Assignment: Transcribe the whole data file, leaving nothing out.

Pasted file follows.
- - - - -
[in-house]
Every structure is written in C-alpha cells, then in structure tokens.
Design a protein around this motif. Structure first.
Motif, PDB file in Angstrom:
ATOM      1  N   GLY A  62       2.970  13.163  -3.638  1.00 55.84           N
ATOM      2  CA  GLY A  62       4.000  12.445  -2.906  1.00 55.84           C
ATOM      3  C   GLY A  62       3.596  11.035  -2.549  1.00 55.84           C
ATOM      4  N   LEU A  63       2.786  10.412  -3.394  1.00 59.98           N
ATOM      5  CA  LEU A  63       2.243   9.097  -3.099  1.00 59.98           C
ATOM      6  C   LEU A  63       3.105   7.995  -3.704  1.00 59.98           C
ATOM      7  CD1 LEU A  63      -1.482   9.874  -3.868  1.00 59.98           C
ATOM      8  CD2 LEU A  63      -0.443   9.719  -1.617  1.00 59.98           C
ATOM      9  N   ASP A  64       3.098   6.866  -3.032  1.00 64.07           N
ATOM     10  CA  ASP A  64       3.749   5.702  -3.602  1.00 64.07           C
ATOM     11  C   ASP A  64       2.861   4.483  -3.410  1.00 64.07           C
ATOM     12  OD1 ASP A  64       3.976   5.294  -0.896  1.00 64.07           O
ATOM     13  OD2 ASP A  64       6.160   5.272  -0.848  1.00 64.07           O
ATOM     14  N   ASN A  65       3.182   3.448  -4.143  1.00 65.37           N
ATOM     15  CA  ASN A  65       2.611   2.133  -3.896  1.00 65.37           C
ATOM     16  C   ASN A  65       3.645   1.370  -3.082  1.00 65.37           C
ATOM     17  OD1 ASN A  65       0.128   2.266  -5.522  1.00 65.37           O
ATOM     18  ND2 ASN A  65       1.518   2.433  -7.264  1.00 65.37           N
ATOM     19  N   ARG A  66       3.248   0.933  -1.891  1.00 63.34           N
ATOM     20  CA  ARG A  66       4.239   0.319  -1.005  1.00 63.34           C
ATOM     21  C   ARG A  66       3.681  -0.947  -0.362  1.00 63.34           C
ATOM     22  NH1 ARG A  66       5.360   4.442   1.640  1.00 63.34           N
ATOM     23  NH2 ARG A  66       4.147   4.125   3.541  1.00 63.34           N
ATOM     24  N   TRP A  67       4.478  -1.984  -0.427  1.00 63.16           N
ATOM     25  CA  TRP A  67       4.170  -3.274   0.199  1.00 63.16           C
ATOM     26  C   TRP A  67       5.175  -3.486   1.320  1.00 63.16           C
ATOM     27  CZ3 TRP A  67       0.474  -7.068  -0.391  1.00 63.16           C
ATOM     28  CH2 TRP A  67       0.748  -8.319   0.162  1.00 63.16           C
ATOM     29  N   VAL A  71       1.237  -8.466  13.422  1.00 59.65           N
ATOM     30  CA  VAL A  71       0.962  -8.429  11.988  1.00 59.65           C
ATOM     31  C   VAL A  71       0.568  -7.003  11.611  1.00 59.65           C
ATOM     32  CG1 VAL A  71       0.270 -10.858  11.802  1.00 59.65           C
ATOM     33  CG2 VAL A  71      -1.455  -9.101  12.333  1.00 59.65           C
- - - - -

[in-house]
Every structure is written in C-alpha cells, then in structure tokens.
Design a protein around this motif. Structure first.
Motif, PDB file in Angstrom:
ATOM      1  N   GLY A  62       2.970  13.163  -3.638  1.00 55.84           N
ATOM      2  CA  GLY A  62       4.000  12.445  -2.906  1.00 55.84           C
ATOM      3  C   GLY A  62       3.596  11.035  -2.549  1.00 55.84           C
ATOM      4  N   LEU A  63       2.786  10.412  -3.394  1.00 59.98           N
ATOM      5  CA  LEU A  63       2.243   9.097  -3.099  1.00 59.98           C
ATOM      6  C   LEU A  63       3.105   7.995  -3.704  1.00 59.98           C
ATOM      7  CD1 LEU A  63      -1.482   9.874  -3.868  1.00 59.98           C
ATOM      8  CD2 LEU A  63      -0.443   9.719  -1.617  1.00 59.98           C
ATOM      9  N   ASP A  64       3.098   6.866  -3.032  1.00 64.07           N
ATOM     10  CA  ASP A  64       3.749   5.702  -3.602  1.00 64.07           C
ATOM     11  C   ASP A  64       2.861   4.483  -3.410  1.00 64.07           C
ATOM     12  OD1 ASP A  64       3.976   5.294  -0.896  1.00 64.07           O
ATOM     13  OD2 ASP A  64       6.160   5.272  -0.848  1.00 64.07           O
ATOM     14  N   ASN A  65       3.182   3.448  -4.143  1.00 65.37           N
ATOM     15  CA  ASN A  65       2.611   2.133  -3.896  1.00 65.37           C
ATOM     16  C   ASN A  65       3.645   1.370  -3.082  1.00 65.37           C
ATOM     17  OD1 ASN A  65       0.128   2.266  -5.522  1.00 65.37           O
ATOM     18  ND2 ASN A  65       1.518   2.433  -7.264  1.00 65.37           N
ATOM     19  N   ARG A  66       3.248   0.933  -1.891  1.00 63.34           N
ATOM     20  CA  ARG A  66       4.239   0.319  -1.005  1.00 63.34           C
ATOM     21  C   ARG A  66       3.681  -0.947  -0.362  1.00 63.34           C
ATOM     22  NH1 ARG A  66       5.360   4.442   1.640  1.00 63.34           N
ATOM     23  NH2 ARG A  66       4.147   4.125   3.541  1.00 63.34           N
ATOM     24  N   TRP A  67       4.478  -1.984  -0.427  1.00 63.16           N
ATOM     25  CA  TRP A  67       4.170  -3.274   0.199  1.00 63.16           C
ATOM     26  C   TRP A  67       5.175  -3.486   1.320  1.00 63.16           C
ATOM     27  CZ3 TRP A  67       0.474  -7.068  -0.391  1.00 63.16           C
ATOM     28  CH2 TRP A  67       0.748  -8.319   0.162  1.00 63.16           C
ATOM     29  N   VAL A  71       1.237  -8.466  13.422  1.00 59.65           N
ATOM     30  CA  VAL A  71       0.962  -8.429  11.988  1.00 59.65           C
ATOM     31  C   VAL A  71       0.568  -7.003  11.611  1.00 59.65           C
ATOM     32  CG1 VAL A  71       0.270 -10.858  11.802  1.00 59.65           C
ATOM     33  CG2 VAL A  71      -1.455  -9.101  12.333  1.00 59.65           C